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Dev Biol. 2000 Sep 1;225(1):37-58.

Designation of the anterior/posterior axis in pregastrula Xenopus laevis.

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Department of Biomolecular Chemistry, University of Wisconsin School of Medicine, Madison, Wisconsin, 53706, USA.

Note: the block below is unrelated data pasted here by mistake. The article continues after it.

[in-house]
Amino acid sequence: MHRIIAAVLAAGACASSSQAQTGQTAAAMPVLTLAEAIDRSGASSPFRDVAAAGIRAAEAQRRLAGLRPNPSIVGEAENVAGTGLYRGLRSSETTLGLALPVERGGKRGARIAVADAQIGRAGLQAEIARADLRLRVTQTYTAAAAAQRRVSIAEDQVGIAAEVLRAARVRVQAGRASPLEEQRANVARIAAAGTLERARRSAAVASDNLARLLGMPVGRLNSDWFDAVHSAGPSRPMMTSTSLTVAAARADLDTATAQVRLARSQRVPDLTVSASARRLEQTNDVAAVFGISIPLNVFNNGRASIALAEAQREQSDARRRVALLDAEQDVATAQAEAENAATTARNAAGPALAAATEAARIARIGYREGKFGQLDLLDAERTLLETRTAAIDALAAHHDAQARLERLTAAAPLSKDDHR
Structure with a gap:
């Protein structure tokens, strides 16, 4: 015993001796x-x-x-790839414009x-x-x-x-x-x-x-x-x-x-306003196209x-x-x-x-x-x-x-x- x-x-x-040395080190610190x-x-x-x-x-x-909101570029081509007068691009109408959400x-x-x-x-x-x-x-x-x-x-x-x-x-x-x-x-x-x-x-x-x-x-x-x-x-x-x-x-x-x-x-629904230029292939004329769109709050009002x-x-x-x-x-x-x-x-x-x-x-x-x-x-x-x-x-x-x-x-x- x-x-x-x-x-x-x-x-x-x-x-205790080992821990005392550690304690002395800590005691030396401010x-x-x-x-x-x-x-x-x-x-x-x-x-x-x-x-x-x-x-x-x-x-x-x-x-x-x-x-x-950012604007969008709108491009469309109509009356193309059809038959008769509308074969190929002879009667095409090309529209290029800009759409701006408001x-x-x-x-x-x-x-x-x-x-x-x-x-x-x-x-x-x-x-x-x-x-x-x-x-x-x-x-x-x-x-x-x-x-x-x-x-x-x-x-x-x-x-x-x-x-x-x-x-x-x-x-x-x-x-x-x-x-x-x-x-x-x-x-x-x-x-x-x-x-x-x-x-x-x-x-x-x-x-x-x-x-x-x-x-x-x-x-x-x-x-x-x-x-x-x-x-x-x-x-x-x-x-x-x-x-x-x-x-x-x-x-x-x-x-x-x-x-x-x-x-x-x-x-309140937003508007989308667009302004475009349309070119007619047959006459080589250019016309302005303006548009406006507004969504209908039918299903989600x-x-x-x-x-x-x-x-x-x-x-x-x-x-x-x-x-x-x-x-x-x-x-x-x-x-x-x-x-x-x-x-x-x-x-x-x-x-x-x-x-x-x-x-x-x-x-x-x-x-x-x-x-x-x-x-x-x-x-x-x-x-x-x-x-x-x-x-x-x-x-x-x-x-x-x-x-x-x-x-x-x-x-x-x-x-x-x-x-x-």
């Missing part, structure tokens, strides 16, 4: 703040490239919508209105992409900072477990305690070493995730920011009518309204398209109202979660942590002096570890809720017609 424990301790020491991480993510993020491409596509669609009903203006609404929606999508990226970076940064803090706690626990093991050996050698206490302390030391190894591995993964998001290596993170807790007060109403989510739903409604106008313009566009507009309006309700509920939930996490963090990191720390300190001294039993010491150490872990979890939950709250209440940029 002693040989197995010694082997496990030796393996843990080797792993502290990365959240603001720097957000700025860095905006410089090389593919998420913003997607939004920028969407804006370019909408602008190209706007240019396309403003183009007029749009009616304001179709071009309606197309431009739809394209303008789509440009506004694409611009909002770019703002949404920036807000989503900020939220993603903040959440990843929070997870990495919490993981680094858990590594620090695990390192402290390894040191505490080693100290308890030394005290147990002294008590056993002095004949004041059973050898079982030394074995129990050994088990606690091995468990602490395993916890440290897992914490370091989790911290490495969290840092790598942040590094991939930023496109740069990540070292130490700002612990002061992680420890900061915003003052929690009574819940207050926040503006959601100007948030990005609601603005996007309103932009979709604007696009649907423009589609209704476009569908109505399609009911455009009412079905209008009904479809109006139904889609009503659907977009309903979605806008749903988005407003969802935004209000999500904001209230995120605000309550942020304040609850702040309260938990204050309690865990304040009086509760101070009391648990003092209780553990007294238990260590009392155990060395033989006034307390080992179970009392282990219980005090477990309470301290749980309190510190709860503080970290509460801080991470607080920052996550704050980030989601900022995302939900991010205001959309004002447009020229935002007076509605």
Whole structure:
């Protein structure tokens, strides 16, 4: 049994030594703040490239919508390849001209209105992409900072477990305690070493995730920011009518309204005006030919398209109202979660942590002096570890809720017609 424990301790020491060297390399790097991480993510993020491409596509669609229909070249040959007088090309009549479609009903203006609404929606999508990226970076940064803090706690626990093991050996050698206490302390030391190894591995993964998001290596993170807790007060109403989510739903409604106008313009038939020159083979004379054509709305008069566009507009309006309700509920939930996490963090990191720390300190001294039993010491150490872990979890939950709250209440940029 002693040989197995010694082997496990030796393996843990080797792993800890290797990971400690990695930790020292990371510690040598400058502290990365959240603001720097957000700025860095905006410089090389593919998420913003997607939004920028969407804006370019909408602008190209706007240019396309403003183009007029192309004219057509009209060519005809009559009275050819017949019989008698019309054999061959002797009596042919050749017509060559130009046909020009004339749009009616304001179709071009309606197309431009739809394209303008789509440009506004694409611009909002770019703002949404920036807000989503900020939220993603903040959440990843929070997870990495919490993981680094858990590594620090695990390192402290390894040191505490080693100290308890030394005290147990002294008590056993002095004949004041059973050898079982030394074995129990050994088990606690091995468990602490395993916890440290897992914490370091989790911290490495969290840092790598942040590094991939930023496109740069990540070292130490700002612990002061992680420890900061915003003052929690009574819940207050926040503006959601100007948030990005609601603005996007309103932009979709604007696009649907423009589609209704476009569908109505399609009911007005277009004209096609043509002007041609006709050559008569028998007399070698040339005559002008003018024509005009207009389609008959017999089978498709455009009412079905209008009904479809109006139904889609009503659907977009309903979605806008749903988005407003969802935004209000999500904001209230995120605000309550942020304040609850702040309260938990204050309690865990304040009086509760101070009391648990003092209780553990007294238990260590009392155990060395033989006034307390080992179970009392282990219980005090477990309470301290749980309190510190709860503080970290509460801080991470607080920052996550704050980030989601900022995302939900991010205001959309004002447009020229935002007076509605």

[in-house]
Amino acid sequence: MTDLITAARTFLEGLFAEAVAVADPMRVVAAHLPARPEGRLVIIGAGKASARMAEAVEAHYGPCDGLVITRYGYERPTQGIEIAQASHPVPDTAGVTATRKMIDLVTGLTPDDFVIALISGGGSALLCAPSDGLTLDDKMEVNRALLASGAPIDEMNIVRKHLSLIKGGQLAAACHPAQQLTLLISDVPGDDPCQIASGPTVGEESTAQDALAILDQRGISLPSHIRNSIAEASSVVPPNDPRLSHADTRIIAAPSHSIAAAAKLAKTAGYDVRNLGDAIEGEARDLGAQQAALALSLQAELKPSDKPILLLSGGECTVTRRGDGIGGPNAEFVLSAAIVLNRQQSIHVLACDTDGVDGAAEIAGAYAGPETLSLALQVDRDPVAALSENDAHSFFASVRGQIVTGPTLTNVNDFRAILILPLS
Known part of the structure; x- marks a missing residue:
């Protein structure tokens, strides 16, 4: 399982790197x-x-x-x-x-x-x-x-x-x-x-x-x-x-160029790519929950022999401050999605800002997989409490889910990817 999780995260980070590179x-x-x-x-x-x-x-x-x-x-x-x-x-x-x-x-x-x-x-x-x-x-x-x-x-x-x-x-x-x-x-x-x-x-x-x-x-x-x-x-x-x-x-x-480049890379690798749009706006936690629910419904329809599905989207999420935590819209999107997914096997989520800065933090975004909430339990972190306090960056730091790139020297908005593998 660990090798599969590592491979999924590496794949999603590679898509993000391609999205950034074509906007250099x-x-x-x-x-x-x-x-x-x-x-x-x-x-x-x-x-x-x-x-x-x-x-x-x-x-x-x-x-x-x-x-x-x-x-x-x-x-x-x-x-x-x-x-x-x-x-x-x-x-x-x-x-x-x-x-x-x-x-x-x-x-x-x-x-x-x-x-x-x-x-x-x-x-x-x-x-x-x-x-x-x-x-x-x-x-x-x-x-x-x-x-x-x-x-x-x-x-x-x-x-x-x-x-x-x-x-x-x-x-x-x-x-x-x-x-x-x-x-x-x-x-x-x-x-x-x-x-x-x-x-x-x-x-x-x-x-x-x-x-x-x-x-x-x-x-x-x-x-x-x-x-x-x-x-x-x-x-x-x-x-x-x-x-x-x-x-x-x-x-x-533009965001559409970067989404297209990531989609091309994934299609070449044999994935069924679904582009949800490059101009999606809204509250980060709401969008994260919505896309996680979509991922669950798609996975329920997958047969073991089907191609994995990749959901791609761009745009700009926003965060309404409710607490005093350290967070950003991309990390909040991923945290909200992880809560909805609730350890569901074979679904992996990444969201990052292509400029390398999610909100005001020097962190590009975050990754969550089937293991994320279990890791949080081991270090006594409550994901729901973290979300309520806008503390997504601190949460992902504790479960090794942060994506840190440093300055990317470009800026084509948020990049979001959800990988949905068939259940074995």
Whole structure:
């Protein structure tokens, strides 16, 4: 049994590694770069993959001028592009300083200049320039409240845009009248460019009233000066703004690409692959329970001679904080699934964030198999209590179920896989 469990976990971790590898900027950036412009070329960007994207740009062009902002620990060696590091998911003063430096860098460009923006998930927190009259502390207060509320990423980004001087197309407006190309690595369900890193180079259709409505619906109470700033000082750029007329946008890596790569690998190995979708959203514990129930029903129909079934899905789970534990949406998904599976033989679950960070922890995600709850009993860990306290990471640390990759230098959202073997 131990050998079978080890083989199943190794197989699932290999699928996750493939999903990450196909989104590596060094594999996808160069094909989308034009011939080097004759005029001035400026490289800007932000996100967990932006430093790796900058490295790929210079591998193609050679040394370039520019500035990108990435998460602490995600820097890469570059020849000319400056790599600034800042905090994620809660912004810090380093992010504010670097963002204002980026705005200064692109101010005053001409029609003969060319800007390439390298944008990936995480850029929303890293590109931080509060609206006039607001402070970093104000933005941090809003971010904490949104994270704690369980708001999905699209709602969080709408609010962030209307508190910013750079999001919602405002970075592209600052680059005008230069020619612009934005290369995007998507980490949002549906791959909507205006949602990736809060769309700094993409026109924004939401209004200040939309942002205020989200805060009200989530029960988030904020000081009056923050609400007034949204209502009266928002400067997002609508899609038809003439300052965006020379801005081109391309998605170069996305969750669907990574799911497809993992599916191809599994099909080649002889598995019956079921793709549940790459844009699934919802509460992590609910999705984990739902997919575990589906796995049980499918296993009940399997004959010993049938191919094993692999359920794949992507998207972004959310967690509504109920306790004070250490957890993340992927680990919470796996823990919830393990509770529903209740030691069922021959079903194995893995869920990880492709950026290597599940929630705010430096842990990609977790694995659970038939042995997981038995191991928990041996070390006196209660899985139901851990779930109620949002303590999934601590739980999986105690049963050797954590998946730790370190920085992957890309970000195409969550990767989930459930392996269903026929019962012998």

A new fate map for mesodermal tissues in Xenopus laevis predicted that the prime meridian, which runs from the animal pole to the vegetal pole through the center of Spemann's organizer, is the embryo's anterior midline, not its dorsal midline (M. C. Lane and W. C. Smith, 1999, Development 126, 423-434). In this report, we demonstrate by lineage labeling that the column 1 blastomeres at st. 6, which populate the prime meridian, give rise to the anterior end of the embryo. In addition, we surgically isolate and culture tissue centered on this meridian from early gastrulae. This tissue forms a patterned head with morphologically distinct ventral and dorsal structures. In situ hybridization and immunostaining reveal that the cultured heads contain the anterior tissues of all three germ layers, correctly patterned. Regardless of how we dissect early gastrulae along meridians running from the animal to the vegetal pole, both the formation of head structures and the expression of anterior marker genes always segregate with the prime meridian passing through Spemann's organizer. The prime meridian also gives rise to dorsal, axial mesoderm, but not uniquely, as specification tests show that dorsal mesoderm arises in fragments of the embryo which exclude the prime meridian. These results support the hypothesis that the midline that bisects Spemann's organizer is the embryo's anterior midline.

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